Donald Trump Drafted Tweet That Could Have Sparked War With North Korea, Says Bob Woodward

'My God.'

A tweet written by Donald Trump but not sent at the last minute could have sparked war with North Korea, the veteran investigative journalist Bob Woodward has claimed.

In an interview with CBS News, the reporter who exposed the Watergate scandal in the early 1970s teased a section from his upcoming book ‘Fear: Trump in the White House’.

In an anecdote Woodward said is just one example of the President doing something that could “threaten the national security or the financial security of the country, or of the world”, he recounts how Defence Secretary, James Mattis, explained to Trump why the US pays $3.5 billion (£2.7bn) a year to station 28,000 troops in South Korea, telling the president it was a key line of defence against North Korea to prevent “World War Three.”

Speaking to CBS, Woodward said of the encounter: “[Trump] drafts a tweet saying ’We are going to pull out dependents from South Korea... Family members of the 28,000 people there.”

But the tweet was never sent due to the White House receiving a message from North Korea saying it would regard a pullout of dependents as a sign the US was preparing to attack, according to CBS.

Woodward said: “At that moment there was a sense of profound alarm in the Pentagon leadership that: ‘My God, one tweet and we have reliable information that the North Koreans are going to read this as an attack is imminent’.”

Trump has a tempestuous relationship with North Korean leader Kim Jong-un. Last year the US president said North Korea “will be met with fire and fury like the world has never seen” if it escalates its nuclear threat, after US media reported the authoritarian state had produced a miniaturised warhead.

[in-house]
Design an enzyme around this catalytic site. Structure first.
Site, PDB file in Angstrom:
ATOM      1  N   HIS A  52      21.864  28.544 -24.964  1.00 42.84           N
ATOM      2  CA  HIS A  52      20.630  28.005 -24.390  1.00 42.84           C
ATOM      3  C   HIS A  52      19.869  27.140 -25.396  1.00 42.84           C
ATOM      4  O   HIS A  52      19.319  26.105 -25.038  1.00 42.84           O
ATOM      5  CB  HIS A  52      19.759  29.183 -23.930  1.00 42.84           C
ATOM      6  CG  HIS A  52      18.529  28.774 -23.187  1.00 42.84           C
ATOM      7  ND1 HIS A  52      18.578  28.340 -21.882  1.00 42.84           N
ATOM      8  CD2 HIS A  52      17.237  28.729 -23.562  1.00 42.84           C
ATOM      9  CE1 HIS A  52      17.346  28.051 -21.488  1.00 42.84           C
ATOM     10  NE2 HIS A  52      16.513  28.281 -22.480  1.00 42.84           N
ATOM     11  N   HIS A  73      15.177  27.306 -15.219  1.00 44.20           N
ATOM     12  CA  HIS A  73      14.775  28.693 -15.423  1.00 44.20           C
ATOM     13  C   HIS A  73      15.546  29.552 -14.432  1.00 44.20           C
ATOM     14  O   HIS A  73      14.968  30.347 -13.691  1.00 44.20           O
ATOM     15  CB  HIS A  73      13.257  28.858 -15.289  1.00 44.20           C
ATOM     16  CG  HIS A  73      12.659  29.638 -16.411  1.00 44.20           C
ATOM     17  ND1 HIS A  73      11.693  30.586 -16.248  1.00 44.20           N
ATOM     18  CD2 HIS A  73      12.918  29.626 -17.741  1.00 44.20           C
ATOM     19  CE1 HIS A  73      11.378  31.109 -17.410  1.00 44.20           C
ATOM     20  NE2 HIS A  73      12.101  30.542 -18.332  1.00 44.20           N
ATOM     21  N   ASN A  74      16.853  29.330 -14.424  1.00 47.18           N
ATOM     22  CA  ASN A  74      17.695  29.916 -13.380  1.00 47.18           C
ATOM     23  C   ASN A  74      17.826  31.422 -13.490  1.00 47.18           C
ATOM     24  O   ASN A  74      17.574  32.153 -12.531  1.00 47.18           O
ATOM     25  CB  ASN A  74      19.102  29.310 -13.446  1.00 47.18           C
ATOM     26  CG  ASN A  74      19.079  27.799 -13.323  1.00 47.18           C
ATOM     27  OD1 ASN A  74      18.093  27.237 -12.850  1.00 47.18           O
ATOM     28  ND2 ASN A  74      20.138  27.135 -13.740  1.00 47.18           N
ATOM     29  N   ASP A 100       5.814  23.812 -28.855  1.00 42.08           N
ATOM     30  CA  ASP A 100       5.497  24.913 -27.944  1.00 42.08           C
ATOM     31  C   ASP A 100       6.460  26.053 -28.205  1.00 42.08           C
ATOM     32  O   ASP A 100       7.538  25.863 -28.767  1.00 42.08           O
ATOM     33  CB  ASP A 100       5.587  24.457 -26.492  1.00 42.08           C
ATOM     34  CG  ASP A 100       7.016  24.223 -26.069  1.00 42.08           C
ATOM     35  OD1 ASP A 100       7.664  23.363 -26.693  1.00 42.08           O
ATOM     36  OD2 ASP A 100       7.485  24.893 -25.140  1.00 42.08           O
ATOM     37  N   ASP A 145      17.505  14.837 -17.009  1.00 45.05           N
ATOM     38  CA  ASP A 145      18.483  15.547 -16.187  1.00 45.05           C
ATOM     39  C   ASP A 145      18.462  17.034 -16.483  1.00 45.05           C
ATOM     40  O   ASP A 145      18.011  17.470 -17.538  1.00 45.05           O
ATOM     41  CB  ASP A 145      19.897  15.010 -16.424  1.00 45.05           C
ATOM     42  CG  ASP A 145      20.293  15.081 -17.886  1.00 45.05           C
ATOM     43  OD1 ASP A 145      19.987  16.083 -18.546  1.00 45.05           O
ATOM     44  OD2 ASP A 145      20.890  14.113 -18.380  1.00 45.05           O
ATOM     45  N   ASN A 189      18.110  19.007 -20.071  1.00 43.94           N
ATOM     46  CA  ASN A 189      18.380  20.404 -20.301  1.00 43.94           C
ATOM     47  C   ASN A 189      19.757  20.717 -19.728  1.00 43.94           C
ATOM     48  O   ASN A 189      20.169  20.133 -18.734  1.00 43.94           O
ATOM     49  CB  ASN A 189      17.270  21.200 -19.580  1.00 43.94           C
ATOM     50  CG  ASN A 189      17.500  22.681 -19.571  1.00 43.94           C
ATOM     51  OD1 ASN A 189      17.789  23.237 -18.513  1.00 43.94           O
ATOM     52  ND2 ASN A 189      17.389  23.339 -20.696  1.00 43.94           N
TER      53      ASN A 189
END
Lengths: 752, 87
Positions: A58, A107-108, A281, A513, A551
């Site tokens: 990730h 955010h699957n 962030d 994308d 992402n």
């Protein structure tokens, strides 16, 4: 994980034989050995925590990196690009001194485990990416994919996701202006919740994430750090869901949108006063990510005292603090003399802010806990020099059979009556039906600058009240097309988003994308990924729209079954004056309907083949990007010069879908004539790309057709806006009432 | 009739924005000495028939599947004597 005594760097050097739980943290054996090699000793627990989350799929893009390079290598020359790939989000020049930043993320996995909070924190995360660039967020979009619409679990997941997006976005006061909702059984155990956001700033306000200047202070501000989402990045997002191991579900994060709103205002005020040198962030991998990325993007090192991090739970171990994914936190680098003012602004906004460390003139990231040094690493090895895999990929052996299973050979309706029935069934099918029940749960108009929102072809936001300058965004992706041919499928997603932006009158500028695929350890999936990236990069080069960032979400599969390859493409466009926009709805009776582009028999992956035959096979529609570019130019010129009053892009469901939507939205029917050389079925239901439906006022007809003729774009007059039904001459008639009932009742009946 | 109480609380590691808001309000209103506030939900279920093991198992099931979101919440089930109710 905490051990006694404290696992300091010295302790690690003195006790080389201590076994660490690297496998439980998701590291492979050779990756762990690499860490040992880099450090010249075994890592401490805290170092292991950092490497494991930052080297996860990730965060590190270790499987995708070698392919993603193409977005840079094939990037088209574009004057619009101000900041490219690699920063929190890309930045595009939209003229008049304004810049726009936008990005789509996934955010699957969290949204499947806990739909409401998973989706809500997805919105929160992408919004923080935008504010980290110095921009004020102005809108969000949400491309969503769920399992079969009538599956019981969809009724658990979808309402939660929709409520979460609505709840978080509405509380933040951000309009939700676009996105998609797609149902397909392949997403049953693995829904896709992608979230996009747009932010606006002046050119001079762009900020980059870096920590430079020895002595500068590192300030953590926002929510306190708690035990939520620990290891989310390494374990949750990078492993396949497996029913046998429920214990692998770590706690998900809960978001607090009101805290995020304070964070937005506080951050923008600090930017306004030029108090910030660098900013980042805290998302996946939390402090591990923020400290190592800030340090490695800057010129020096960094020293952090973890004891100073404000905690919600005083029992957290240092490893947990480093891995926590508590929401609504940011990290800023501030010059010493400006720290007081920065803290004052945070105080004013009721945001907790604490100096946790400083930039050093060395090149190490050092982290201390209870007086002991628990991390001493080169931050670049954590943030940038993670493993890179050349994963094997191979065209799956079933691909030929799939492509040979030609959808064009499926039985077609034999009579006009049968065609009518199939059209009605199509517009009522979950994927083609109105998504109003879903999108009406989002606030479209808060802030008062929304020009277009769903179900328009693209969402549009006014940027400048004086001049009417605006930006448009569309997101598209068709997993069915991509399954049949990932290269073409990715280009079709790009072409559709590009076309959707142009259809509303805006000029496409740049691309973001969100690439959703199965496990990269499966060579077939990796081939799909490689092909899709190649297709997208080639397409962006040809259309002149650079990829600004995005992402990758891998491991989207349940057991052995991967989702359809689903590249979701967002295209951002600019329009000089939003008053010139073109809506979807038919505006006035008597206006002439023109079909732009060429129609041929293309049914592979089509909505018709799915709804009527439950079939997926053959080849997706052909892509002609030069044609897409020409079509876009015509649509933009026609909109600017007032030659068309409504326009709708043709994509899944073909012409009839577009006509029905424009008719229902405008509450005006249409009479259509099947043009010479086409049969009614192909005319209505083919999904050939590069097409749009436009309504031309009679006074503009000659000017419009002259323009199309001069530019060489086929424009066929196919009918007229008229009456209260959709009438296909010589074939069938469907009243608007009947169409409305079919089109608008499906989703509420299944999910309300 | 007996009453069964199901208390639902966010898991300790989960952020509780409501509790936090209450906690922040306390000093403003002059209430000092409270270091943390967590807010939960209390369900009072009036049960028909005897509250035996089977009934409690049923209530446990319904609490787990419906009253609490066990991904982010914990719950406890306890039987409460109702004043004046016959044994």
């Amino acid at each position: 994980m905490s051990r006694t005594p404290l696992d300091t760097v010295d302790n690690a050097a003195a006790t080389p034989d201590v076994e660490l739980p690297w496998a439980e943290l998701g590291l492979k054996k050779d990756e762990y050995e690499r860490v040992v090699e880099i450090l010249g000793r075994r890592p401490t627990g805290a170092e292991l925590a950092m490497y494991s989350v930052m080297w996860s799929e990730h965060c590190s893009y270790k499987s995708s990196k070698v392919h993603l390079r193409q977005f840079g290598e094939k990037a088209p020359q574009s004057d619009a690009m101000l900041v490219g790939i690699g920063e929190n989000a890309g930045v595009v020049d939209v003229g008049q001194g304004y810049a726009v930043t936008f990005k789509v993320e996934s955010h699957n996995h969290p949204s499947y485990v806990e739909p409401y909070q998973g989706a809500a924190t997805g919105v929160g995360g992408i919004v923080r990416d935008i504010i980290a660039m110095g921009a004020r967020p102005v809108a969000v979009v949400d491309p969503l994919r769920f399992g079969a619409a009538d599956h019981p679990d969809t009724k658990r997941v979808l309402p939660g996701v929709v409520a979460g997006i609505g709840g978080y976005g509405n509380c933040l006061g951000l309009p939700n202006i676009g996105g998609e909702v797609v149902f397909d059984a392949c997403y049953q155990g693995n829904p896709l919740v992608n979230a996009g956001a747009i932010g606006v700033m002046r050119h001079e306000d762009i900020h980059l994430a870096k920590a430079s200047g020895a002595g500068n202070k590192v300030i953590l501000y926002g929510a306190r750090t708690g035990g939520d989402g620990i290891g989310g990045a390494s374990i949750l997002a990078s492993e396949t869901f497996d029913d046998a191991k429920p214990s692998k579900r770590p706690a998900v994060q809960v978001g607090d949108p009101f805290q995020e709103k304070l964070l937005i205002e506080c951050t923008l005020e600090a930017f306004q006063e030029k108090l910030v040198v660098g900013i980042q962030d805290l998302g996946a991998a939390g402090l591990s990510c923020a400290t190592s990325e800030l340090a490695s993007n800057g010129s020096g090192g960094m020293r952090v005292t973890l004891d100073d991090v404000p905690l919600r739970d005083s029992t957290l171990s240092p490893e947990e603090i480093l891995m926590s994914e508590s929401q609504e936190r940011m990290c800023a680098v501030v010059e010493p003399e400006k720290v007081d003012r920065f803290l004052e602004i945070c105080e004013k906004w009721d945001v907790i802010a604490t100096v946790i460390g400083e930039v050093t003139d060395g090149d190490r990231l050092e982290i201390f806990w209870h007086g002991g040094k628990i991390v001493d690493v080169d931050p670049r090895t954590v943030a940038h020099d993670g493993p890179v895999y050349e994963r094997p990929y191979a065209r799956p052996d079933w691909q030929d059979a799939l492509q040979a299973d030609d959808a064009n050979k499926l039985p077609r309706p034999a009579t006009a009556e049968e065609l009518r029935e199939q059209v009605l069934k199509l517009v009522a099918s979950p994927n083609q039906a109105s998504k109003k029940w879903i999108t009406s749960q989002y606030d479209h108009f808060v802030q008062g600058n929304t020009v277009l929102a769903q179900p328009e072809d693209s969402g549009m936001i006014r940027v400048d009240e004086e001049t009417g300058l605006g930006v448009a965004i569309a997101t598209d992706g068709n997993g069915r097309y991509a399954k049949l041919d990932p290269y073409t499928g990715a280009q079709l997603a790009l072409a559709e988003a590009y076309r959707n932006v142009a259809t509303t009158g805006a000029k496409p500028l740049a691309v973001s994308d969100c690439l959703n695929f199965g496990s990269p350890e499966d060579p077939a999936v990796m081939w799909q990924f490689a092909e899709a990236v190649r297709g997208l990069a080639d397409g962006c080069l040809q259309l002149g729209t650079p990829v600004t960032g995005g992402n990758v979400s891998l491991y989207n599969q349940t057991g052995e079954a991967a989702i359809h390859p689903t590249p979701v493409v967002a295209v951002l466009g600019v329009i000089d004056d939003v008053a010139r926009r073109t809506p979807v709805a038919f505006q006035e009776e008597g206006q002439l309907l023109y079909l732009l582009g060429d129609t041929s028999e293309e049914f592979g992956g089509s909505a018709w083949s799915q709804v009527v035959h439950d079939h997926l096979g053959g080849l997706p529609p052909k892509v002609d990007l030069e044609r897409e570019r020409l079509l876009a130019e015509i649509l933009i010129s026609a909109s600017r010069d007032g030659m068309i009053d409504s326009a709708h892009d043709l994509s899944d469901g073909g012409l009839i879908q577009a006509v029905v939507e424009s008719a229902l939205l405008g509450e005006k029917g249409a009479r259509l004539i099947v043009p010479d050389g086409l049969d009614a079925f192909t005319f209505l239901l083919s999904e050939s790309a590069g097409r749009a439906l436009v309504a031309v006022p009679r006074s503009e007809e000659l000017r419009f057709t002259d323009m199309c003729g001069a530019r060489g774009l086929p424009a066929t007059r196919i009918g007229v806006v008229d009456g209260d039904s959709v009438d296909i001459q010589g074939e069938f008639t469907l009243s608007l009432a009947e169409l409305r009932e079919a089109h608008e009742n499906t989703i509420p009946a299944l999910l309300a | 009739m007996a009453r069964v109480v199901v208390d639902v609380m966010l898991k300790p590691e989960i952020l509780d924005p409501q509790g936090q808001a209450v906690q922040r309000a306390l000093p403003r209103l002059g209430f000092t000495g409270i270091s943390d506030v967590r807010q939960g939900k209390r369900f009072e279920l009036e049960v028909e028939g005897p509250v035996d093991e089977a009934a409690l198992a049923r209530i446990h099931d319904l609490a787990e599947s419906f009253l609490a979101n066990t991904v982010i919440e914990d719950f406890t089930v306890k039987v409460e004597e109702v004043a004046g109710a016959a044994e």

The spat escalated, with Kim being branded “little rocket man” by Trump, to which he was called a “dotard” by the North Korean leader.

Against all the odds, denuclearisation talks seemed to be progressing, after the pair met face-to-face in June.

The latest story from Woodward – famous, with his colleague Carl Bernstein of the Washington Post newspaper for breaking the Watergate scandal that brought down President Nixon – is just one of many revelations from the book which is due out on 11 September.

Trump has already said the book is “lies”, but the content released so far fits with the picture of a White House in constant chaos already painted by a number of other recent books.

Woodward said he used multiple interviews with key witnesses to write the book, including one subject who was interviewed nine times, resulting in hundreds of pages of transcribed statements.

Last week The New York Times published an op-ed in which an anonymous allegedly senior official described a secret resistance within the White House “working diligently from within to frustrate parts of his agenda and his worst inclinations”, against what the writer described as the “impetuous” and “petty” President.

The article added: “We believe our first duty is to this country, and the president continues to act in a manner that is detrimental to the health of our republic.”


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